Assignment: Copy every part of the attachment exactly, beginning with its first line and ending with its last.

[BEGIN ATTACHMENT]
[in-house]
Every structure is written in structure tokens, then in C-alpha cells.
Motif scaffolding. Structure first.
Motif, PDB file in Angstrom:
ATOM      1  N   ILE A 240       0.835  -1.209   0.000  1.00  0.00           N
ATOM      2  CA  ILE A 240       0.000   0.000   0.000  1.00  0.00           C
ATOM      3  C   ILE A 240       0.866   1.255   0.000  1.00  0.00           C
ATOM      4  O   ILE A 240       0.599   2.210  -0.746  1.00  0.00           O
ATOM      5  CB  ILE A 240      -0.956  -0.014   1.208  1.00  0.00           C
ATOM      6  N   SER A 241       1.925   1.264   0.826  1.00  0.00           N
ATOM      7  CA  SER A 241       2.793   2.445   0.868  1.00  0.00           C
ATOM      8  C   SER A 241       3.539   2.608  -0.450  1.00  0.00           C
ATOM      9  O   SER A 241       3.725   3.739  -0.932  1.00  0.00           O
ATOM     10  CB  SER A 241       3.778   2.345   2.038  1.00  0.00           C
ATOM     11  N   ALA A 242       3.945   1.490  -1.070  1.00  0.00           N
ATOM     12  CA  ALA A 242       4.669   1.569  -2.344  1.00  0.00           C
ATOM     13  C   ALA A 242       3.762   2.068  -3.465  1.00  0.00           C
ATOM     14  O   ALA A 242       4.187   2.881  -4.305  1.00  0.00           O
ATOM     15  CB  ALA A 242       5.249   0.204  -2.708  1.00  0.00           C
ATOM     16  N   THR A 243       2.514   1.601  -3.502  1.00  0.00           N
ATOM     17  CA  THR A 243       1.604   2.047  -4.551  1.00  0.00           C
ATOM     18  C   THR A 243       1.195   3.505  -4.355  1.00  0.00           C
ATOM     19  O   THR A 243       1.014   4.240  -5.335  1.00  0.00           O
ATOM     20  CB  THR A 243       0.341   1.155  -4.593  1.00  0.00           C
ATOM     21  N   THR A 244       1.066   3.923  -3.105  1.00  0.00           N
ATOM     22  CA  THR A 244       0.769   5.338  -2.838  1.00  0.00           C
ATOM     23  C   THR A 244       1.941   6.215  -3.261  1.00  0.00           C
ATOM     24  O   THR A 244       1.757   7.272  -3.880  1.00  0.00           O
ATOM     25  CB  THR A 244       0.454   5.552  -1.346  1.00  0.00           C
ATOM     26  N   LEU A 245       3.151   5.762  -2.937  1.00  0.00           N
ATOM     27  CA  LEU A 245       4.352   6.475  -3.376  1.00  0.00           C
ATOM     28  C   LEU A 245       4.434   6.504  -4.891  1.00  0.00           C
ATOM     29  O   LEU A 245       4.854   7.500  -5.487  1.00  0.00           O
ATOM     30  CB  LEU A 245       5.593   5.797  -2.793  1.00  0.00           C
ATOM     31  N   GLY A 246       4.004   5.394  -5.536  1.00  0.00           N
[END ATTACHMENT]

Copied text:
[in-house]
Every structure is written in structure tokens, then in C-alpha cells.
Motif scaffolding. Structure first.
Motif, PDB file in Angstrom:
ATOM      1  N   ILE A 240       0.835  -1.209   0.000  1.00  0.00           N
ATOM      2  CA  ILE A 240       0.000   0.000   0.000  1.00  0.00           C
ATOM      3  C   ILE A 240       0.866   1.255   0.000  1.00  0.00           C
ATOM      4  O   ILE A 240       0.599   2.210  -0.746  1.00  0.00           O
ATOM      5  CB  ILE A 240      -0.956  -0.014   1.208  1.00  0.00           C
ATOM      6  N   SER A 241       1.925   1.264   0.826  1.00  0.00           N
ATOM      7  CA  SER A 241       2.793   2.445   0.868  1.00  0.00           C
ATOM      8  C   SER A 241       3.539   2.608  -0.450  1.00  0.00           C
ATOM      9  O   SER A 241       3.725   3.739  -0.932  1.00  0.00           O
ATOM     10  CB  SER A 241       3.778   2.345   2.038  1.00  0.00           C
ATOM     11  N   ALA A 242       3.945   1.490  -1.070  1.00  0.00           N
ATOM     12  CA  ALA A 242       4.669   1.569  -2.344  1.00  0.00           C
ATOM     13  C   ALA A 242       3.762   2.068  -3.465  1.00  0.00           C
ATOM     14  O   ALA A 242       4.187   2.881  -4.305  1.00  0.00           O
ATOM     15  CB  ALA A 242       5.249   0.204  -2.708  1.00  0.00           C
ATOM     16  N   THR A 243       2.514   1.601  -3.502  1.00  0.00           N
ATOM     17  CA  THR A 243       1.604   2.047  -4.551  1.00  0.00           C
ATOM     18  C   THR A 243       1.195   3.505  -4.355  1.00  0.00           C
ATOM     19  O   THR A 243       1.014   4.240  -5.335  1.00  0.00           O
ATOM     20  CB  THR A 243       0.341   1.155  -4.593  1.00  0.00           C
ATOM     21  N   THR A 244       1.066   3.923  -3.105  1.00  0.00           N
ATOM     22  CA  THR A 244       0.769   5.338  -2.838  1.00  0.00           C
ATOM     23  C   THR A 244       1.941   6.215  -3.261  1.00  0.00           C
ATOM     24  O   THR A 244       1.757   7.272  -3.880  1.00  0.00           O
ATOM     25  CB  THR A 244       0.454   5.552  -1.346  1.00  0.00           C
ATOM     26  N   LEU A 245       3.151   5.762  -2.937  1.00  0.00           N
ATOM     27  CA  LEU A 245       4.352   6.475  -3.376  1.00  0.00           C
ATOM     28  C   LEU A 245       4.434   6.504  -4.891  1.00  0.00           C
ATOM     29  O   LEU A 245       4.854   7.500  -5.487  1.00  0.00           O
ATOM     30  CB  LEU A 245       5.593   5.797  -2.793  1.00  0.00           C
ATOM     31  N   GLY A 246       4.004   5.394  -5.536  1.00  0.00           N